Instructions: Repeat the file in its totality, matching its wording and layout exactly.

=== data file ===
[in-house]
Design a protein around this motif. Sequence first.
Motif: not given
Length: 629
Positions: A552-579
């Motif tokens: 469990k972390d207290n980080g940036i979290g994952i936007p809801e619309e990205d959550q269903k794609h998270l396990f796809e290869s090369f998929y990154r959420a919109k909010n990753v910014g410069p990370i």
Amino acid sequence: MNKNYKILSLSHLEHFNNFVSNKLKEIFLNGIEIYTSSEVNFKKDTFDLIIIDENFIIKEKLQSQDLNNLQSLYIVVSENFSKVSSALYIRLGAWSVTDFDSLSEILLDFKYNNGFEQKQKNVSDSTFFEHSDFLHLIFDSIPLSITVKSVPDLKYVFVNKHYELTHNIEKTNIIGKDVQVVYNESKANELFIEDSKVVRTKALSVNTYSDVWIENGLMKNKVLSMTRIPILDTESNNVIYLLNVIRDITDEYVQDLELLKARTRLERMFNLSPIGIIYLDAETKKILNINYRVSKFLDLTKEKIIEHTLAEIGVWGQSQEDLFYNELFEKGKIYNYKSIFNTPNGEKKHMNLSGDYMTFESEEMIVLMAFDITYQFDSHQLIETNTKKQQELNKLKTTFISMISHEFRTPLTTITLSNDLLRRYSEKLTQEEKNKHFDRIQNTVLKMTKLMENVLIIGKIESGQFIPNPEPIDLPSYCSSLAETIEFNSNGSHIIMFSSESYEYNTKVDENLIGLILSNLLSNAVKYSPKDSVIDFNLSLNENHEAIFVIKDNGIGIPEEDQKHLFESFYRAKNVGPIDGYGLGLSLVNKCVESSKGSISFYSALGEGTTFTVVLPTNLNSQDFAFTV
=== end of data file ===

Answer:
[in-house]
Design a protein around this motif. Sequence first.
Motif: not given
Length: 629
Positions: A552-579
């Motif tokens: 469990k972390d207290n980080g940036i979290g994952i936007p809801e619309e990205d959550q269903k794609h998270l396990f796809e290869s090369f998929y990154r959420a919109k909010n990753v910014g410069p990370i």
Amino acid sequence: MNKNYKILSLSHLEHFNNFVSNKLKEIFLNGIEIYTSSEVNFKKDTFDLIIIDENFIIKEKLQSQDLNNLQSLYIVVSENFSKVSSALYIRLGAWSVTDFDSLSEILLDFKYNNGFEQKQKNVSDSTFFEHSDFLHLIFDSIPLSITVKSVPDLKYVFVNKHYELTHNIEKTNIIGKDVQVVYNESKANELFIEDSKVVRTKALSVNTYSDVWIENGLMKNKVLSMTRIPILDTESNNVIYLLNVIRDITDEYVQDLELLKARTRLERMFNLSPIGIIYLDAETKKILNINYRVSKFLDLTKEKIIEHTLAEIGVWGQSQEDLFYNELFEKGKIYNYKSIFNTPNGEKKHMNLSGDYMTFESEEMIVLMAFDITYQFDSHQLIETNTKKQQELNKLKTTFISMISHEFRTPLTTITLSNDLLRRYSEKLTQEEKNKHFDRIQNTVLKMTKLMENVLIIGKIESGQFIPNPEPIDLPSYCSSLAETIEFNSNGSHIIMFSSESYEYNTKVDENLIGLILSNLLSNAVKYSPKDSVIDFNLSLNENHEAIFVIKDNGIGIPEEDQKHLFESFYRAKNVGPIDGYGLGLSLVNKCVESSKGSISFYSALGEGTTFTVVLPTNLNSQDFAFTV